If you’ve come to that time in your life when you think you need to sell up or move out of your current home and head to somewhere that provides you with more assistance, less work around the house, and more of a community, the choices can be daunting.
Many retirement communities and care facilities are available these days, with different promises, price points, and pros and cons. To help you find the best option for your needs, consider the following factors when you compare places.
Location and Weather
Firstly, you want to pick a community in an area that suits your current and future needs. For instance, you may want to live in or around your favorite suburb, close to your kids and grandkids, near transport links, or even perhaps somewhere you’ve always dreamed of living.
Pay attention to the weather, too. Many people relocate to a retirement community in warmer climates such as Florida, California, or even overseas to escape chilly winters. Think about what is most vital for you when it comes to location and weather and shortlist retirement communities based on these criteria.
Culture and Lifestyle
Another factor to remember when you search for places to settle is the type of culture and lifestyle different communities boast. For instance, are places laid back and relaxed and people only get together on occasions but lead reasonably separate lives, or is the culture big on everyone participating in many activities and groups, or somewhere in between the two sides of this scale?
Try to learn about how supportive and diverse the cultures are within different communities and if there is a focus on a particular type of demographic or not. Plus, check into the types of amenities available and if you will have access to the types of features and groups you’d like to or if you’d have to find these facilities outside the retirement village.
As you examine your options, it also pays to see what security different communities have in place. It’s helpful if security cameras are located around a compound, and you may wish to see alarms on the individual homes, too, for your peace of mind. Some retirement villages these days employ on-site guarding services to keep an eye on areas at night or even during the day, too.
If you know you’ll feel safer with particular security facilities available, this will help you to narrow down your options when researching potential places to live.
Level of Care Available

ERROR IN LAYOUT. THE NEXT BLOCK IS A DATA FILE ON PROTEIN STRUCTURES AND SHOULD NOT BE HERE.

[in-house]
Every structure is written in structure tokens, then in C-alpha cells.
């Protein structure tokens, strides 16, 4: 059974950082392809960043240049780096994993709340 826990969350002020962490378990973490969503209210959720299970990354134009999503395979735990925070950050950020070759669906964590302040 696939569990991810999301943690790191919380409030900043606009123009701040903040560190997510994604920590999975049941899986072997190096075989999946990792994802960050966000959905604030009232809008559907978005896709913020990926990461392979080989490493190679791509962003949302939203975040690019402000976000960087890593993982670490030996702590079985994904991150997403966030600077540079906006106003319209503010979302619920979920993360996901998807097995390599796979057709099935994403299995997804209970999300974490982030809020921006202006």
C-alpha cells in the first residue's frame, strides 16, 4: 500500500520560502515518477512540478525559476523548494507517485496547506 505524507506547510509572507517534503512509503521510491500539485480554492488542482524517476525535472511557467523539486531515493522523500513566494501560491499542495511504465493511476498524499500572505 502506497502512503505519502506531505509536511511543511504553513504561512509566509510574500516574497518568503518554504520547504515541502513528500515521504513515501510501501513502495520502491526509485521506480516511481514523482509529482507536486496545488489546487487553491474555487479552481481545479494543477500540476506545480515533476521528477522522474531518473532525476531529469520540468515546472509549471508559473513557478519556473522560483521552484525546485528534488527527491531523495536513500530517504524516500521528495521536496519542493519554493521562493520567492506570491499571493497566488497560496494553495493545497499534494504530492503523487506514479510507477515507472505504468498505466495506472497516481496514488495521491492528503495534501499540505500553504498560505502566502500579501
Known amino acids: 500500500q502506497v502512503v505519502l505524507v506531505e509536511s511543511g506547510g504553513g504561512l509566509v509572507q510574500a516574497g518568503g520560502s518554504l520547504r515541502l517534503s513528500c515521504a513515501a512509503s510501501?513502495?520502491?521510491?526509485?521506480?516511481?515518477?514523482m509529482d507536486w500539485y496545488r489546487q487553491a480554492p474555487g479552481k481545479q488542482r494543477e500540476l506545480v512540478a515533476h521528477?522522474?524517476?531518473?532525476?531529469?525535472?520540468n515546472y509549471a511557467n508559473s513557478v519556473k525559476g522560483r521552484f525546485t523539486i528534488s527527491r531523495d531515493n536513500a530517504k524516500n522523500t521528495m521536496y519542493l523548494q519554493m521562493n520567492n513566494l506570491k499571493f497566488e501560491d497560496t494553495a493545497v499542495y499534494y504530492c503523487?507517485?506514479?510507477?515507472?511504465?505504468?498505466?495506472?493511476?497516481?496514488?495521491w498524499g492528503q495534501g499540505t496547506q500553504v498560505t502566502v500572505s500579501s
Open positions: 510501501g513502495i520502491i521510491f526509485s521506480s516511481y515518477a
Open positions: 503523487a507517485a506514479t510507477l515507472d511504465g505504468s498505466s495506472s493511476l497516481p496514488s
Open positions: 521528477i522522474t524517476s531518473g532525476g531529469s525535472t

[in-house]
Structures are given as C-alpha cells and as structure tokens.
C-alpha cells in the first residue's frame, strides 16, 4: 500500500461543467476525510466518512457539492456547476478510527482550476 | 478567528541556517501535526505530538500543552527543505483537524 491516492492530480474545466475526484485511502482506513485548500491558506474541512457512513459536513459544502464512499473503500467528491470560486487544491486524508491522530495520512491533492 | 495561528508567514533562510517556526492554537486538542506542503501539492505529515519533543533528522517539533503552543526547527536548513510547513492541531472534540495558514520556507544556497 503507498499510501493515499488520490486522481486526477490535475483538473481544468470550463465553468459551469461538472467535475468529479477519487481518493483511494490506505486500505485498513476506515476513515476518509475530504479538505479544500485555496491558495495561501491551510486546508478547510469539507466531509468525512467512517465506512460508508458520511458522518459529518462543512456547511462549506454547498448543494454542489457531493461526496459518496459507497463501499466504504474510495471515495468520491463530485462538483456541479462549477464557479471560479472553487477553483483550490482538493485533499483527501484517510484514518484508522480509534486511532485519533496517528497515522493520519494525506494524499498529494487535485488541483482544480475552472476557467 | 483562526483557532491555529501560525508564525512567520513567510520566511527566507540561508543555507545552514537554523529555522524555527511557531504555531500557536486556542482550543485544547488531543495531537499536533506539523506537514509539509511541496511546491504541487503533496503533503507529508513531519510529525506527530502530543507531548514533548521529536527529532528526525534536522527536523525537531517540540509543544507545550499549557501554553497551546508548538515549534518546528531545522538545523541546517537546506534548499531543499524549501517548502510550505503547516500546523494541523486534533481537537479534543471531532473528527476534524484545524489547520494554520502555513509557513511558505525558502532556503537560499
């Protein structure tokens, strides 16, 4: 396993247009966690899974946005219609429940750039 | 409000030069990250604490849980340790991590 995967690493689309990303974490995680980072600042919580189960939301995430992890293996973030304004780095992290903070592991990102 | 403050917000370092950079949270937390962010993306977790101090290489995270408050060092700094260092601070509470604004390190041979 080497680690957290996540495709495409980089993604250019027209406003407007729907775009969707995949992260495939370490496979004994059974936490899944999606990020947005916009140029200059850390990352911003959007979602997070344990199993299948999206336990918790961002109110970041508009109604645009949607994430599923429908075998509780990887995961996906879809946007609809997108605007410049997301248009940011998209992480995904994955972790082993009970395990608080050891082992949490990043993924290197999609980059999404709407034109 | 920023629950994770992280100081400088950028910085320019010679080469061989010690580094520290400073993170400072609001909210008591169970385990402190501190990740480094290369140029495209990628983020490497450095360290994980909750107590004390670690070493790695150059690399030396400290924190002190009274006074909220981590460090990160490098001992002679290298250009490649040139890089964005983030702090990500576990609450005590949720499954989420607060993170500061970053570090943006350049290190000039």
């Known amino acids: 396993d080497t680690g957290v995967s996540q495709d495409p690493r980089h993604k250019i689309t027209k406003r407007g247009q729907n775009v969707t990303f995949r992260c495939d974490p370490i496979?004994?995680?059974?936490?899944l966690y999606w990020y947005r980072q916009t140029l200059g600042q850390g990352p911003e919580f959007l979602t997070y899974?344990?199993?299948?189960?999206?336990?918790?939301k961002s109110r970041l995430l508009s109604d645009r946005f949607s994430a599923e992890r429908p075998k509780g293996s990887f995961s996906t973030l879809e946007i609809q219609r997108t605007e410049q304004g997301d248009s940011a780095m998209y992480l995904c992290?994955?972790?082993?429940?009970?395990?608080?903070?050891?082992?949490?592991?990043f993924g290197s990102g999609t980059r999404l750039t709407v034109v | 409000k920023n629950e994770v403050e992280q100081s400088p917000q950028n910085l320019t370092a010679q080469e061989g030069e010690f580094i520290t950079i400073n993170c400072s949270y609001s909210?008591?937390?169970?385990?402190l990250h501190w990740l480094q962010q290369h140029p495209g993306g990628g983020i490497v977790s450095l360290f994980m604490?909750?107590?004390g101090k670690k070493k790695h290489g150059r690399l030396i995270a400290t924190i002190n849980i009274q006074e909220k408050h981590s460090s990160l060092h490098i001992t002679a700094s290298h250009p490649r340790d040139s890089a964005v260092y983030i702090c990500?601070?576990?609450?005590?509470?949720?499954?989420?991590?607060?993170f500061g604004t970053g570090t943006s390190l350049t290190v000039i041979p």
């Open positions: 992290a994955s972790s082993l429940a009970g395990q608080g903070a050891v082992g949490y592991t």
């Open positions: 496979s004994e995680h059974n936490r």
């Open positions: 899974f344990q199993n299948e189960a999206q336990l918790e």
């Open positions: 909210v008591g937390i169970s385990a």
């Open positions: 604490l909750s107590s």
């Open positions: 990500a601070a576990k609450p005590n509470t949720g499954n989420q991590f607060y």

Depending on your current and likely future needs, you may also be keeping care top of mind as you look for the right retirement community. Availability of medical support can vary considerably between different places, so you need to know what’s vital for you in order to pick the best spot for your needs.
For example, some places might have a basic level of care, which means using alarm buttons in homes and easy access to nearby specialists and other medical providers. Or, you may want to live in a facility where physicians are on-site, and assistance can be provided with many things, such as showering. Keep in mind what you’d prefer regarding cooking and cleaning, and if you want this included in your fees or if you’re still interested in taking care of this yourself.
Furthermore, it’s worth investigating accessibility elements in different locations. It’s handy if communities have good walkability options, plus elevators, stairlifts, wheelchair ramps, widened doors, grab bars and handrails, and the like.
Rules Regarding Pets
If you’re a big animal lover and have a dog, cat, bird, or other pet you want to take to a retirement community, be sure to check the rules and regulations of all the places on your shortlist to see if pets are allowed first. Many communities are okay with people bringing their pets these days, but not all. Some only allow certain types of animals and maximum pet sizes, among other criteria. Don’t just assume that taking your beloved animal with you to a new location will be acceptable, as this isn’t a given.
Two other vital things to examine when you search for a retirement destination for yourself are the price (be on the lookout for potential hidden fees and the value-for-money you will receive) and reputation.
Check out testimonials and reviews to see what current and past residents have to say about different communities. Plus, try to talk to at least some residents and their families at your preferred spots to get insights into what they do and don’t like about their locations. This research can help you pick up on potential red flags.
Don’t rush the process of finding a retirement community, as changing can be both expensive and stressful. It’s better to make the right choice the first time, wherever possible.